Plants of
South Australia
Boerhavia dominii
Nyctaginaceae
Tah-vine
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Regional Species Conservation Assessments per IBRA subregion.
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Near threatened
Rare
Vulnerable
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Adelaide
Arkaroola
Ceduna
Coober Pedy
Hawker
Innamincka
Marla
Marree
Mount Gambier
Oodnadatta
Renmark
Wudinna
Keith
Yunta
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Botanical art

Kath Alcock paintings: 2.

Etymology

Boerhavia named after Hermann Boerhaave (1668-1738), a professor of medicine, botany and chemistry at the University of Leiden. Dominii named after Domin, Karel (1882 - 1953), a Czech botanist and politician who published a series of important works on Australian taxonomy, following his visit to Australia in 1909 as part of an expedition to Java and Australia.

Distribution and status

Found across much of the eastern side of South Australia except in the South-east. Also found in all other mainland States. Native. Common in South Australia. Common in the other States.
Herbarium regions: North Western, Lake Eyre, Gairdner-Torrens, Flinders Ranges, Eastern, Eyre Peninsula, Northern Lofty, Murray, Yorke Peninsula, Southern Lofty
NRM regions: Adelaide and Mount Lofty Ranges, Alinytjara Wilurara, Eyre Peninsula, Northern and Yorke, South Australian Arid Lands, South Australian Murray-Darling Basin
AVH map: SA distribution map (external link)

Plant description

Perennial herb with a woody tap root, prostrate or decumbent with stems to 1 m long, either glabrous or covered in short hairs. Leaf blades lanceolate to broad-ovate, acute to emarginate to 35mm long and 15 mm wide; hairy on both surfaces. Flowers pink, mauve or white appearing between December and May. Fruits are woody fruit covered in glandular-hairs and very sticky. Seeds are brown woody ovoid seed to 5 mm long and 3 wide, with 5 ribs.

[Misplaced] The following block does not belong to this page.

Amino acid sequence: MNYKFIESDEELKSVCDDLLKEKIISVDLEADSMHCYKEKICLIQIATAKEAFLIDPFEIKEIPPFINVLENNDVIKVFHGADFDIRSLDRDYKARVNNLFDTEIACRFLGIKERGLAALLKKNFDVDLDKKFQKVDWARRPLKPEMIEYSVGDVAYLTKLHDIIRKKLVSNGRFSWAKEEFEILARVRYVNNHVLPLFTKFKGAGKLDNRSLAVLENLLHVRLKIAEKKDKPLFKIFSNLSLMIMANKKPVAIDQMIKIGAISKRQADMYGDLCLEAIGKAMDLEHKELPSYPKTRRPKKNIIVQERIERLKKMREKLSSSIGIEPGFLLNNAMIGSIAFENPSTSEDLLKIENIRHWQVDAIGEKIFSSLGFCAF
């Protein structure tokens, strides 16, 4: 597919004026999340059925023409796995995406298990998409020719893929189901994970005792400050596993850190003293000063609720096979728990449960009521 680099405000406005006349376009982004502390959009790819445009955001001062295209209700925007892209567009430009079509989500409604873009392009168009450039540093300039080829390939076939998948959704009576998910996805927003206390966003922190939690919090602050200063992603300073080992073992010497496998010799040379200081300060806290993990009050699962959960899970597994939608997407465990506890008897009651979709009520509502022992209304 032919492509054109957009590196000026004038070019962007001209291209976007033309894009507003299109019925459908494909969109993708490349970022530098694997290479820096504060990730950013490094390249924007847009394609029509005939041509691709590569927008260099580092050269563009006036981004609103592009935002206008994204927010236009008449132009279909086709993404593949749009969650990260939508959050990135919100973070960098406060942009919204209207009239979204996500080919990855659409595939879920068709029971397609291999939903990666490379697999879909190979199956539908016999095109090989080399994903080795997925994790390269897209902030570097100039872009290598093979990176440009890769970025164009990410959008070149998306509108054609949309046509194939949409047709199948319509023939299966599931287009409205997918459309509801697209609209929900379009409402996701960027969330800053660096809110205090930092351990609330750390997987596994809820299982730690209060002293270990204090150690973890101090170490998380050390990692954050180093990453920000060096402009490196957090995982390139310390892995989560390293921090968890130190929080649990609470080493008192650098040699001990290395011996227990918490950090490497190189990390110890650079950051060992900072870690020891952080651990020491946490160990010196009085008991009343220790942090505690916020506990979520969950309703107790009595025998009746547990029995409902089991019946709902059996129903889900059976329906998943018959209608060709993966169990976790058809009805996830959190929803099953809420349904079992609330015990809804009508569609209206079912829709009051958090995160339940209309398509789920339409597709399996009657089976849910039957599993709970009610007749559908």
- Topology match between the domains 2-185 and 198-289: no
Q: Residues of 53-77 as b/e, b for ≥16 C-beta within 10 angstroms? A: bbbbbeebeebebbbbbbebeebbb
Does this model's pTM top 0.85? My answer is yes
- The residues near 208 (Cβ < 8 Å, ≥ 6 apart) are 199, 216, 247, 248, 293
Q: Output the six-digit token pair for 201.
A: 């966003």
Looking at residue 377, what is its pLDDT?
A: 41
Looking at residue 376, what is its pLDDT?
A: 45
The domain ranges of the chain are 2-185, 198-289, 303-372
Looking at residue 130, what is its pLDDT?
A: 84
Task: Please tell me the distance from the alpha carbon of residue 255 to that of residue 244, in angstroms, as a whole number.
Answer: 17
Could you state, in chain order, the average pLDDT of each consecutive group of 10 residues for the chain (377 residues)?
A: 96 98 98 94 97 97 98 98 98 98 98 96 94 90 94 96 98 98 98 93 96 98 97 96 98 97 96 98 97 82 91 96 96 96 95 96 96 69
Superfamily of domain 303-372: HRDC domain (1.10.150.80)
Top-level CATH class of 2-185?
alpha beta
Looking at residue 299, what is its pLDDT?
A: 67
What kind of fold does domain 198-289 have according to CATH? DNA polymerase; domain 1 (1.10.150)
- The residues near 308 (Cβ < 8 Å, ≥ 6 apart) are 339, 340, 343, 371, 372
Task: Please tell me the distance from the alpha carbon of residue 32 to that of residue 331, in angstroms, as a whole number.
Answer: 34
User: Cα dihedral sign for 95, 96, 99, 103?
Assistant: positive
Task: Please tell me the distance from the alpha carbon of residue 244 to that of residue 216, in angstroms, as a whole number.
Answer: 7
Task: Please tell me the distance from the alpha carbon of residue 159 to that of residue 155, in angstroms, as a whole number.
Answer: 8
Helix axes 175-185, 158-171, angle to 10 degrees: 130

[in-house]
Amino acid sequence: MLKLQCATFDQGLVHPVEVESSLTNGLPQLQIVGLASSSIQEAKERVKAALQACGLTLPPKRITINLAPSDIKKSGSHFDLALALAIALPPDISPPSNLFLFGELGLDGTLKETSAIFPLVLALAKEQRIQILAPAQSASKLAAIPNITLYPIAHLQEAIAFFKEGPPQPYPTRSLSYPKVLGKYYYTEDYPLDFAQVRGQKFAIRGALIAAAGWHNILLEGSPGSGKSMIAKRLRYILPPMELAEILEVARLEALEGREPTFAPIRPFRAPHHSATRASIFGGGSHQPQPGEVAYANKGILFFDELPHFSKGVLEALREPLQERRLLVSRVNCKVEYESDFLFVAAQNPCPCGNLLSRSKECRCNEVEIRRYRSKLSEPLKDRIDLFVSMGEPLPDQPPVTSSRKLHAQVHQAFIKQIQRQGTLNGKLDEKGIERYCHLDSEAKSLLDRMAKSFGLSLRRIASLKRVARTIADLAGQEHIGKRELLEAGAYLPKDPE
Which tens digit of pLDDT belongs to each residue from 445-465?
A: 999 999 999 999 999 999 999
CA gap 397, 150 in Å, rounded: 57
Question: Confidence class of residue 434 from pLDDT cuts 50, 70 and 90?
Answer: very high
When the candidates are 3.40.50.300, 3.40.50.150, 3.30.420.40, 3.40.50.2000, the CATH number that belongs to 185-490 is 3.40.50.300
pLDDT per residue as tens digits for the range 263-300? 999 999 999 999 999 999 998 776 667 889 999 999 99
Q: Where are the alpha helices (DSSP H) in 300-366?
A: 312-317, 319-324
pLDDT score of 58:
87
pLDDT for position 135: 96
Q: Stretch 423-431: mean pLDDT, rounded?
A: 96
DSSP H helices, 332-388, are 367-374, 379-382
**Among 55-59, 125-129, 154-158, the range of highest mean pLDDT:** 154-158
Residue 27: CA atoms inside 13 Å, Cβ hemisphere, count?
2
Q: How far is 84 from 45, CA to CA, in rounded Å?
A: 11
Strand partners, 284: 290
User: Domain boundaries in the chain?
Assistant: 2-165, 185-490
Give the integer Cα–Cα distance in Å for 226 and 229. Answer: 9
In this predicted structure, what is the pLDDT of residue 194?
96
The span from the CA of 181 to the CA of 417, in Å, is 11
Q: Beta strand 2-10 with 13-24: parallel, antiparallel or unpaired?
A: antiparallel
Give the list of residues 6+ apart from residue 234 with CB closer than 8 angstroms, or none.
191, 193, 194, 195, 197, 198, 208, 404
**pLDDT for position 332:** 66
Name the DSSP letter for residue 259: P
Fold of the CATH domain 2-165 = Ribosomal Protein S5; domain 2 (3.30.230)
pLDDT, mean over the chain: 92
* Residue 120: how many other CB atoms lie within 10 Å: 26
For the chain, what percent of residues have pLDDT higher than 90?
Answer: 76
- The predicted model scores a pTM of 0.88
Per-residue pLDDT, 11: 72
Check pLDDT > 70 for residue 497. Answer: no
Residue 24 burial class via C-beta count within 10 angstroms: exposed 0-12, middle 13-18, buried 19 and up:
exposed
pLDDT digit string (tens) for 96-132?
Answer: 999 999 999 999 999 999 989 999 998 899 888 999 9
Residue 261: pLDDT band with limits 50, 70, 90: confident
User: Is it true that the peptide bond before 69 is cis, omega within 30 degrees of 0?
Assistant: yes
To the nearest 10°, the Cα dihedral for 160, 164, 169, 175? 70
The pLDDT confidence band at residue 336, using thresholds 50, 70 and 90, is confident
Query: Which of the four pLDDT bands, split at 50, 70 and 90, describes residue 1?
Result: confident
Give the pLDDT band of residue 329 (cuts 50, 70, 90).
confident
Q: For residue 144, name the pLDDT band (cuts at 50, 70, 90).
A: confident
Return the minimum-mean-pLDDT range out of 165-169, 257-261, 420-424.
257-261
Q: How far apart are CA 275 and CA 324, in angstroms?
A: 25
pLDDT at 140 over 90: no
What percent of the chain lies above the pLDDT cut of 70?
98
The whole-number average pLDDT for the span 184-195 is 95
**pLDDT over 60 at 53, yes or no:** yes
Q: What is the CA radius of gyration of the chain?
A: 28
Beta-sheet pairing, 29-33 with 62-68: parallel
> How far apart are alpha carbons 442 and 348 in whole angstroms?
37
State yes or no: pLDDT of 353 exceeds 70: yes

Seed collection and propagation

Collect seeds between April and July. Collect mature fruits, those that are fat and hard. Place the fruits in a tray and leave to dry for 1-2 weeks. No further cleaning is required if only the fruits are collected. If with other materials, use a sieve to separate any unwanted material. Store the seeds with a desiccant such as dried silica beads or dry rice, in an air tight container in a cool and dry place.

Seeds stored:
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LocationNo. of seeds
(weight grams)
Number
of plants
Date
collected
Collection number
Collection location
Date
stored
% ViabilityStorage
temperature
 
MSB

4,300 (14.4 g)
501-Apr-2010DJD1819
Flinders Ranges
65%
Location: BGA — the seeds are stored at the Adelaide Botanic Gardens, MSB — the seeds are stored at the Millennium Seed Bank, Kew, England.
Number of plants: This is the number of plants from which the seeds were collected.
Collection location: The Herbarium of South Australia's region name.
% Viability: Percentage of filled healthy seeds determined by a cut test or x-ray.